Giskemonibba is a characteristic top on Ørskogfjellet, easily identified on your right-hand side when you drive E39 up from Sjøholt. Strictly speaking, Giskemonibba is a northern spur on the Snaufjellet massif, but there is enough drop between the two tops to recognize Giskemonibba as a separate mountain.
In summer, you can drive all the way to Kvanndalssætra and avoid 3,7Km on foot. The road is closed in winter, and is a rough road to drive when open. If you have a large car, borrow a smaller one. The bridge across Ørskogelva river is narrow.
There are also other routes up the mountain, but the route from Kvanndalssætra is more convenient. The path is easy to follow and it only takes 45 minutes to the top. The views are good, and you will get a good overview of Ørskogfjellet from the summit.
Giskemonibba (M711: 687m, Ø.K.: 686,79m, UTM 32 V 392423 6931891) has a primary factor of 114m towards the higher Snaufjellet (893m). The defining saddle (approx. UTM 32 V 392223 6931292) is found by Lake Heivatnet. On the M711 map, the lake drain two ways. On Økonomisk Kartverk, the lake doesn't drain at all! In either case, you cross the 575m contour on the way towards Snaufjellet. Ref. Økonomisk Kartverk (5m contours), the saddle is within the range 571-575m, interpolated to 573m.
My GPS reported 687m on the highest rock as average over a 10 minute period.
Notes: Class ratings are in reference to YDS. Click here for more information.
The trails described below are not necessarily the *easiest* trails to this mountain.
Kvanndalssætra - Giskemonibba (summer/autumn)
From Ålesund, follow highway E136->E39 towards Åndalsnes. From the E136/E39/Olsvika roundabout near Breivka, follow E39 to the RV650 (Geiranger/Stordal) / E39 junction above Sjøholt. Follow E39 approx. 4.9Km and turn right onto the forest road towards Kvanndalen. Assuming the road is open all the way, drive 3,7Km to the Kvanndalen parking. You see a trailhead to (a.o.) Giskemonibba here. Along the way, you pass a narrow bridge across Ørskogelva. A large car won't be able to pass here.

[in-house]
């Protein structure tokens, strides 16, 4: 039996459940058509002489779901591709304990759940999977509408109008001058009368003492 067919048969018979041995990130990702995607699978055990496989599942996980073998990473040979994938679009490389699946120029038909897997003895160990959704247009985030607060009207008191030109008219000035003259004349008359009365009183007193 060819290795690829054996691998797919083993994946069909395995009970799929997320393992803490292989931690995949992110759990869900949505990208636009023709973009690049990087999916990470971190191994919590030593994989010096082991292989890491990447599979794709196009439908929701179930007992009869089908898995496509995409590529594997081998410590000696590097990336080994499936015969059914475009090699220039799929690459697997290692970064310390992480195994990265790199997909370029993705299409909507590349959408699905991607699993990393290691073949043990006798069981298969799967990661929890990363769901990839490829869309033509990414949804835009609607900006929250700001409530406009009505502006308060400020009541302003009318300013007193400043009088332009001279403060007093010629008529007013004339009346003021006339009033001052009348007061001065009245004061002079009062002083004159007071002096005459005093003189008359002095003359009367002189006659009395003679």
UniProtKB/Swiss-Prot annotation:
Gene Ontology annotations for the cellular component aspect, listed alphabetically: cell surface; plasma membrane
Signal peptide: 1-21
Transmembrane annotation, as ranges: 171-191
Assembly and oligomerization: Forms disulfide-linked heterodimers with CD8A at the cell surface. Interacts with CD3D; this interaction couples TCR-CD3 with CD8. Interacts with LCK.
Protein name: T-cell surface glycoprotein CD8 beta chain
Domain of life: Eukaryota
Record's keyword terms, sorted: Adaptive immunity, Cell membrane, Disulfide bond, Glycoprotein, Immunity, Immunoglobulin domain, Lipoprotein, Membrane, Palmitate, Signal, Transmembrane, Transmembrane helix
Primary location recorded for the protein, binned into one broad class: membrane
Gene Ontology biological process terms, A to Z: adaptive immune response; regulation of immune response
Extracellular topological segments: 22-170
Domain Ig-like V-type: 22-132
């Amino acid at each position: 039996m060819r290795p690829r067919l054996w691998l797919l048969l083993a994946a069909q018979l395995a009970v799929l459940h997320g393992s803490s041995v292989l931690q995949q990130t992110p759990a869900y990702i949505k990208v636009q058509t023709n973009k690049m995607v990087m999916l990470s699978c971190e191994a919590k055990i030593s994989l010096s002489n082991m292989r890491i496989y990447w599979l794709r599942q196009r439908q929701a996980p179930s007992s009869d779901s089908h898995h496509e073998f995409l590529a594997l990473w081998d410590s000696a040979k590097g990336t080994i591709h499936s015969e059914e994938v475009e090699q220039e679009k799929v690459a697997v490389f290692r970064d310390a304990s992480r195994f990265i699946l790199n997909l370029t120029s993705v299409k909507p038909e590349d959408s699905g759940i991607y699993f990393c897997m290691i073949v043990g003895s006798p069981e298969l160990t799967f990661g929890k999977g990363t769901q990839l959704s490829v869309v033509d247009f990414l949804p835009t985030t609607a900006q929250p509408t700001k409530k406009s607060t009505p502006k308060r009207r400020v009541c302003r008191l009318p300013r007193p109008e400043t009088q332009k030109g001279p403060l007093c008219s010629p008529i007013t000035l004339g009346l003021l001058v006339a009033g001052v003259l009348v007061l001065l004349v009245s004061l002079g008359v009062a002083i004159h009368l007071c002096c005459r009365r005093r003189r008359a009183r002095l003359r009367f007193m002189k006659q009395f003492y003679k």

In short, the path follows the ridge all the way up to the top. You cross the stream twice below 500m elevation. The rest of the ridge route is quite obvious. You have view down towards E39 most of the way. The summit is marked by several cairns. One of these holds the summit logbook in a blue container.
Descend your ascent route, or return via Snaufjellet; Descend to Heivatnet, ascend Snaufjellet's NW ridge (Tovardane), traverse the summit and descend to Kråvatnet just S of Koldafjellet. Down by the lake, you may find a path leading to Kvanndalssætra. I have not hiked this route, but it looks fairly easy based on the terrain.
Friday evening, and time for an afternoon walk. I chose Giskemonibba as the goal, and had plans to scramble up the couloir leading directly up to the summit from the west. I got confused about the forest roads and ended up on the road into Kvanndalen. As I didn't know if the river could be crossed, I decided to hike the normal route.
A 4WD truck was parked along the road, but drove away fast when I came along. I found this a bit weird. The truck then parked just before the bridge, and considering the rough road, I decided to ask him about the road higher up. Seemingly nervous, avoiding eye contact while lighting a cigarette, he was unable to tell me anything about the road except that a narrow bridge had prevented him from getting further. So if he didn't know this area, what in the world was he doing up here? Certainly not hiking or fishing. I decided not to dwell on this, and left the guy alone.
I passed the narrow bridge and the road got slightly rougher. But I drove on and reached the trailhead. The time was 17:15PM and my dog "Troll" immediately laid down. I carried him in the backpack for five minutes, then put the backpack down and said "walk" with a firm voice. No response. I tried again. ****W*A*L*K****. It was like putting a coin into a toy rabbit. He stepped out of the backpack and walked like he never walked before.
We reached some surviving snow along the stream, and after a couple of snowrolls, Troll ran past me with his mouth wide open, looking at me. It wasn't hard to recognize a dog having fun. So why this stupid act at the trailhead? This happens 9 times out of 10. Perhaps he enjoys bugging the life out of me. Crow mentality.
We reached the top 17:45PM. It was indeed a short hike, but it was nice to be up here. I enjoyed the views and the fact that snow was melting rapidly in the mountains. Fun to see how things look when the snow has gone. It was a beautiful sunny afternoon, but the Ålesund region was cloudy. I had chosen the right area for my afternoon walk. It was still early in the afternoon, and I decided that I would stop by Nysæternakken before returning to Ålesund.
We left the top 18:00PM and were back at the trailhead 18:20PM. Next stop was Nysæternakken.
Note: Apologies for the poor picture quality. My camera was at the repair shop, and I had to bring along the 4-year old Nikon Coolpix 4500.
360 deg. wide-angle panorama from Giskemonibba
Other pictures from the top
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